A couple of years ago when I was starting this YuAF Dakota feature, I believe I’d mentioned one further example rumored to be rotting away at an automotive junk yard somewhere in Serbia. Preciously few information about this machine had then been available on the Net, so on a week-long pleasure trip to Belgrade with a friend back in January, I decided I might just as well set this right :). Surprisingly – proof that the Internet is still not omnipotent – we’d found the exact location out within an hour or so of first asking, and with a break in the day’s snow, we set out to find it…
Indeed located at a scrap yard on the Ibarska magistrala, a regional fast road leading south out of Belgrade, this poor-looking thing is most likely coded 71245 – but given the snow and the ad-hoc paint job, it’s really hard to tell for sure. Its exact version, series and serial number are also unknown – but given previous Dakotas, I’m inclined to believe it is a B model.
Despite its apparent sorry state – and significant dismemberment – the aircraft is actually in pretty good nick, no doubt helped by its location on fenced-off private property. Its life story is a bit muddled, but at some point in the not-too-distant past it had been turned into a cafe by the owner of the scrap yard (but was never used in that capacity). Interestingly, the owner had kept most of its major components, and even a handful of cockpit instruments and internal fittings. The largest missing piece of this puzzle, the engines – which were said to have had only 1100 hours total time on them – had been bought by a well-known local pilot and collector, and are today preserved in his hangar some 150 km south of Belgrade.
Realistically probably the last Dak to be found in the lands of former Yugoslavia – here’s to hoping I’m wrong! – 71245 had brought the total score up to 11 examples accounted for:
71203: derelict at Zemunik Airbase near Zadar, Croatia
71212: derelict at the former Željava Airbase, Croatia
71214: preserved at the Aeronautical Museum at Belgrade Airport
71237: still flying as a turboprop C-47TP in South Africa
Despite wry and humorous remarks from the side about what am I going to do in life after I photograph the last known Dakota in the lands of former Yugoslavia, I was genuinely looking forward to finally seeing it at the first opportunity I got :D. Last weekend’s torrential downpour – and the occasional floods it had spurred in both Croatia and Slovenia – had ruled that out at the time, but this week’s clean, crisp air and sunny skies were just begging for some photo ops. So, catching a free afternoon (a Friday no less), I decided to finally make the leisurely 90 km drive to Otok pri Metliki, just a hop across the border away…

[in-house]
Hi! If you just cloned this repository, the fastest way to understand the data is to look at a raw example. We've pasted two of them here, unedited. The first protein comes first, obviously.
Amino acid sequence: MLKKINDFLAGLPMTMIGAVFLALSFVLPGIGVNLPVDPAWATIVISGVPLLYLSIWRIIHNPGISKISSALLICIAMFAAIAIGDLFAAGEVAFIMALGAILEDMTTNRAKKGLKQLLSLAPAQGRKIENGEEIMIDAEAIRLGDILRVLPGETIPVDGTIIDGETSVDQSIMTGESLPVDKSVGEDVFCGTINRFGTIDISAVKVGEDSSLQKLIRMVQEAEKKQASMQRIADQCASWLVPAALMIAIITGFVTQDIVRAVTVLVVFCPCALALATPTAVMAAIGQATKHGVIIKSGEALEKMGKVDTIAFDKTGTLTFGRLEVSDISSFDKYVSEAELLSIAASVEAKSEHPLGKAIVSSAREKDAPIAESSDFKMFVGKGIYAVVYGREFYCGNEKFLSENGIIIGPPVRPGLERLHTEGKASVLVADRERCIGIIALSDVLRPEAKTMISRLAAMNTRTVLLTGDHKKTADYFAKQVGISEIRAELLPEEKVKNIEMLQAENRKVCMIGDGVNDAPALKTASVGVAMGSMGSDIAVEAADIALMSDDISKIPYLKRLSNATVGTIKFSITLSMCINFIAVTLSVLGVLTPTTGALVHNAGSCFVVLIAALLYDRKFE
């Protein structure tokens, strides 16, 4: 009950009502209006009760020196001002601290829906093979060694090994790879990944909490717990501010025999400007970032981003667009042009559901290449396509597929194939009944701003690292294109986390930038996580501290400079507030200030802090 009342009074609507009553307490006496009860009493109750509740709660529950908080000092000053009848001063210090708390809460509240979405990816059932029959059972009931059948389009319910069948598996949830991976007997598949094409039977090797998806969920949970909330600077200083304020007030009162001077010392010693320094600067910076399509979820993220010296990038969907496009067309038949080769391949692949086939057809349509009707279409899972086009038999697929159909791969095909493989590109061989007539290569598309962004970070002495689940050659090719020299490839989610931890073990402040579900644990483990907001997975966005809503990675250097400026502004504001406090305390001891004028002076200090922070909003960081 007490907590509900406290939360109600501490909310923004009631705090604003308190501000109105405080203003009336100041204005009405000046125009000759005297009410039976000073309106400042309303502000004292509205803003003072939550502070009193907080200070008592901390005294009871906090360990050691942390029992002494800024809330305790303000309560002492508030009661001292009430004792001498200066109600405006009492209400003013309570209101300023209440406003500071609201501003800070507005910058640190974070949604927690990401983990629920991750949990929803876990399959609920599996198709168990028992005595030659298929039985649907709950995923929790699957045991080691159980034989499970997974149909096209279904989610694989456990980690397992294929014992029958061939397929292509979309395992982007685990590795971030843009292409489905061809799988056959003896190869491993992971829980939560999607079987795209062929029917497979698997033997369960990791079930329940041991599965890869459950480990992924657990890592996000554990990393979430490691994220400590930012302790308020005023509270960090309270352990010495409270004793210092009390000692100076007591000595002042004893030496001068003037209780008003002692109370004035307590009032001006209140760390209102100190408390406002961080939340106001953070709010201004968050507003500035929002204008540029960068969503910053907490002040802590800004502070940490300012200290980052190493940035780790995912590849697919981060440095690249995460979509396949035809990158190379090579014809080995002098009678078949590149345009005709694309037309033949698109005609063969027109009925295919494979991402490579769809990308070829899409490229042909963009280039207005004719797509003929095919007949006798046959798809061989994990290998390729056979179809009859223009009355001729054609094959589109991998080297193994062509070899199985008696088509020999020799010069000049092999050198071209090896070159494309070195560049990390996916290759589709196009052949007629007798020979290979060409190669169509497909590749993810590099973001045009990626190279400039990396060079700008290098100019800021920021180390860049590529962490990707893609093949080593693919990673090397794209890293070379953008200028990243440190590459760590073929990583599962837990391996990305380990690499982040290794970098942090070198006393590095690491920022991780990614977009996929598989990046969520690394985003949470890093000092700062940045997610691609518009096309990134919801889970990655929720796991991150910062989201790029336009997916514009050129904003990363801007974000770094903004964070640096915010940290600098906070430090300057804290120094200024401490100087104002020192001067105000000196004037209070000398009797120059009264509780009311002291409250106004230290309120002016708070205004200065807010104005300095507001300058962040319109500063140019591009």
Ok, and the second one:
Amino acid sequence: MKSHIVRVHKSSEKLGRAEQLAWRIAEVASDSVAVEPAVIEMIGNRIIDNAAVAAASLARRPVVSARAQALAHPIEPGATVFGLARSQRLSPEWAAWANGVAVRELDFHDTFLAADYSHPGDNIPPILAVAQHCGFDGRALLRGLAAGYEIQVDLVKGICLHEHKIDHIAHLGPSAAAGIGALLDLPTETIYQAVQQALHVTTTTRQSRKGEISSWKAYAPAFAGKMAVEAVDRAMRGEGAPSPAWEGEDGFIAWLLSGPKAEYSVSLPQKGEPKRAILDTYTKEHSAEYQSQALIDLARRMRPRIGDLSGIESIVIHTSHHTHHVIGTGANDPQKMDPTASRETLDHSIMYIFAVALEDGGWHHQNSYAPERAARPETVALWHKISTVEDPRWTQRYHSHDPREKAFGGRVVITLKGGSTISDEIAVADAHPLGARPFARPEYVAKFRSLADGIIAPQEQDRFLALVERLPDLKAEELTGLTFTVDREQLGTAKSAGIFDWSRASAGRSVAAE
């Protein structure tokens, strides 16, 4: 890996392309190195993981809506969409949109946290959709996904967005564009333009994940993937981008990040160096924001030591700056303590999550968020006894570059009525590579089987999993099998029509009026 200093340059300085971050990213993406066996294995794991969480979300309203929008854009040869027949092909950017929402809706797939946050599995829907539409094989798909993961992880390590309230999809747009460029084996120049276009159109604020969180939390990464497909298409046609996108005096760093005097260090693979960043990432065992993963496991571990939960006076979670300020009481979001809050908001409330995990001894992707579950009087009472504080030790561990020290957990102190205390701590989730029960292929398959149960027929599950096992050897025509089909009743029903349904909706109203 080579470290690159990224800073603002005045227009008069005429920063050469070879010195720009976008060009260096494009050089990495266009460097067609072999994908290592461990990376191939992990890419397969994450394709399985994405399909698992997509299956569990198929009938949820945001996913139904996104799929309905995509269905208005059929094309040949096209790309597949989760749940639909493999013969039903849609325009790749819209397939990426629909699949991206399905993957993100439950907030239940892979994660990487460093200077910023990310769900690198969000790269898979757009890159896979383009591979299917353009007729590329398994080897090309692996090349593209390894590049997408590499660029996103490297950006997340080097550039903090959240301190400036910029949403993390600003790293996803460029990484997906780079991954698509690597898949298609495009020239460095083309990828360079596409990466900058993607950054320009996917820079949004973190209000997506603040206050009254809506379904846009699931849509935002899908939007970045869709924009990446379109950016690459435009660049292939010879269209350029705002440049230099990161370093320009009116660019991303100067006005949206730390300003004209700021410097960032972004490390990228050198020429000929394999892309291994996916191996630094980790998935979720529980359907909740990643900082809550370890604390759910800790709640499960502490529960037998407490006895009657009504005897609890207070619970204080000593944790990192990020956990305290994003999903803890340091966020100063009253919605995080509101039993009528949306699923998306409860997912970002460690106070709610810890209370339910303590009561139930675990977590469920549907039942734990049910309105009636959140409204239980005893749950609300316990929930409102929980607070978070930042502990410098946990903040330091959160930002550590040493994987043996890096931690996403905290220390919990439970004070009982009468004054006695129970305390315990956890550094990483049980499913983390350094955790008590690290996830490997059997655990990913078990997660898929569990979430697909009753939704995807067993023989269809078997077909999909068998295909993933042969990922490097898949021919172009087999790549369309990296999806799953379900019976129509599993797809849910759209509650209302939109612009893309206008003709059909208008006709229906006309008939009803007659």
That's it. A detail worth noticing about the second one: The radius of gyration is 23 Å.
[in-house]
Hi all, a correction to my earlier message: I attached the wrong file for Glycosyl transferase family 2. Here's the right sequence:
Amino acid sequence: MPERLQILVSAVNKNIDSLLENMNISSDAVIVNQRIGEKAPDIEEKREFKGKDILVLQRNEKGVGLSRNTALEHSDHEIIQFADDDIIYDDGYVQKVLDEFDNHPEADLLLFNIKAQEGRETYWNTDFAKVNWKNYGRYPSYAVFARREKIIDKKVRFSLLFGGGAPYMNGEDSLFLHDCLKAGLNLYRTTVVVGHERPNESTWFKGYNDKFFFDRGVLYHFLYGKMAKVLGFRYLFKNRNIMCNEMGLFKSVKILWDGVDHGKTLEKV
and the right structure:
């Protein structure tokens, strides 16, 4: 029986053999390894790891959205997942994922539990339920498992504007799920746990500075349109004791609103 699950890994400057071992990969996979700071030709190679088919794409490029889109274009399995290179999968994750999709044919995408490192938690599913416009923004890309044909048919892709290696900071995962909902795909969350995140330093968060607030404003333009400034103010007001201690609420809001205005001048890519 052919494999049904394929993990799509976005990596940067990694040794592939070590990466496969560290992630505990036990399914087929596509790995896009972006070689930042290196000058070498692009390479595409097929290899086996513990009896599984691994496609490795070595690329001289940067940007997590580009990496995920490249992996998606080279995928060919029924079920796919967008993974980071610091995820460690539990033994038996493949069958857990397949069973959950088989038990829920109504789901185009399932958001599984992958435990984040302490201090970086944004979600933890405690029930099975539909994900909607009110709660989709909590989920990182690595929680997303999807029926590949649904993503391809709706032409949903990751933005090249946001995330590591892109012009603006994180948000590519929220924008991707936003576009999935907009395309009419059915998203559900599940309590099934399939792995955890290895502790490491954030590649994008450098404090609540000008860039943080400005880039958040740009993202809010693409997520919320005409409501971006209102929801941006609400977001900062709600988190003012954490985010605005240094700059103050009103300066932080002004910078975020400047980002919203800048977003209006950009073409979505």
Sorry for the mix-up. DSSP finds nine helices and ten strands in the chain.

Now, given the track record established by our three surviving Daks in Croatia, all sad and broken, I had expected 71253 to be in pretty much the same state – especially since Google Earth imagery had shown it to be apparently isolated on a small hill, far from anything or anyone. However, driving up that hill, my view obscured by the crops on the sides of the road, I was in for quite a big surprise…
On somewhat of a discovery spree lately with my YuAF Dakotas – buoyed by finally having photographed 71203 and 71255 🙂 – I decided to carry on browsing the reaches of the Net and see what other interesting things I would inevitably stumble upon. I didn’t have to go far before I fell flat on my face, because within a minute or two of Googling I’d found an interesting list of the various C-47s and DC-3s operated by the YuAF at one time or another. Despite being rather vague with the airframe details – rarely listing anything more than their YuAF code and possible location – and out of date, it did bring my attention to two more easily traceable examples :)…
1. 71253 / C-47… / cn unknown:
Located just outside the small town of Otok near Metlika in south-eastern Slovenia (there’s an NDB there too), not much is known about this aircraft – and a cursory search revealed that the rest of the Net was not much wiser either. The only photo I managed to find (a Panoramio photo from Google Earth) showed it to be in an apparently good state, which makes it a prime target for my next photo mission :D. It’s not really that far away either…
2. 71288 / C-47A-20-DK / cn 12830:
A much more debatable example is 71288, now residing in the “Rahmi Koc Industry Museum” in Istanbul, Turkey (the latest on the long list of reasons to finally go there 😀 ). According to a number of online sources, it had started life as 42-92970 of the USAAF, before changing a raft of N-numbers in the years after WW2, to finally become TC-ALI in 1991. Interestingly, only two sources mention its YuAF service, so this should be treated with suspicion until verified :). Be that as it may, a photo on Airliners.net mentions that it had been converted to DC-3 standard at some point in its life, while another photo on JetPhotos.net shows that it definitely had a well-appointed cockpit for a Dak :D.